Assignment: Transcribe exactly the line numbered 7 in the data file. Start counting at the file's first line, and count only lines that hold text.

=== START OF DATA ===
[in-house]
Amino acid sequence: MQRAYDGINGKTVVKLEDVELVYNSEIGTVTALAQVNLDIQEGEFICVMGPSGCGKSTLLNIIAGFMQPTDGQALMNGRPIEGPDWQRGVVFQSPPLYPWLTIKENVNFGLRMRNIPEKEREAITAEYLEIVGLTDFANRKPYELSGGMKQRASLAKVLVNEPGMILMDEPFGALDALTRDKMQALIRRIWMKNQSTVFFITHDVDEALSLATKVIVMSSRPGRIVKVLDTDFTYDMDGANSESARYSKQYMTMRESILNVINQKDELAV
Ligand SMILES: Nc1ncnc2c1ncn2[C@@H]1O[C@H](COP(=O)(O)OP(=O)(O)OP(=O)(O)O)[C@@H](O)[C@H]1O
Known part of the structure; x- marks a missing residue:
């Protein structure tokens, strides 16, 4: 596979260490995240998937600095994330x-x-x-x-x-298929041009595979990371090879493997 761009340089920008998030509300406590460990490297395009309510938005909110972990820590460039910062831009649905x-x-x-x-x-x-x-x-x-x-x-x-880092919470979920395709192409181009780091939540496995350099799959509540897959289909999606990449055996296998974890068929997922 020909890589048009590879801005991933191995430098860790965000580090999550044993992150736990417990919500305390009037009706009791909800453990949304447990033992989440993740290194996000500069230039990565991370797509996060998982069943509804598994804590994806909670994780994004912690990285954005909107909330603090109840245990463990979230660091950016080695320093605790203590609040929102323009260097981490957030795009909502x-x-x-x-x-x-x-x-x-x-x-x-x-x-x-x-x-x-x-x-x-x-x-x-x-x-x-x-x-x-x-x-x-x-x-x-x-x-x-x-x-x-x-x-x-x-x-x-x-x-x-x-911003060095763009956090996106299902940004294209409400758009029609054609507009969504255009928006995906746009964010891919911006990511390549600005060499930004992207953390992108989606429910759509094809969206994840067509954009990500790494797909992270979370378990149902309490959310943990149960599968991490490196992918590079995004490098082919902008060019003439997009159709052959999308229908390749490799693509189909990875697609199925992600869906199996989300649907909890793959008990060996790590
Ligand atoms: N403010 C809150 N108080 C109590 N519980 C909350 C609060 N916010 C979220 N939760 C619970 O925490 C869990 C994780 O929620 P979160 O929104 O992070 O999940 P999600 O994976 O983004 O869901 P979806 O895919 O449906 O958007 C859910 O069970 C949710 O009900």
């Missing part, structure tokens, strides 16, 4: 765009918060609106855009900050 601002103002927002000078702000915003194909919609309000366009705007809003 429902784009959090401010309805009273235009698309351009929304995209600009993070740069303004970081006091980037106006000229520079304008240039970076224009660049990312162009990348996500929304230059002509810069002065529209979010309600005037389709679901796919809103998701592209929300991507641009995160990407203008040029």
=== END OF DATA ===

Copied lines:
């Missing part, structure tokens, strides 16, 4: 765009918060609106855009900050 601002103002927002000078702000915003194909919609309000366009705007809003 429902784009959090401010309805009273235009698309351009929304995209600009993070740069303004970081006091980037106006000229520079304008240039970076224009660049990312162009990348996500929304230059002509810069002065529209979010309600005037389709679901796919809103998701592209929300991507641009995160990407203008040029």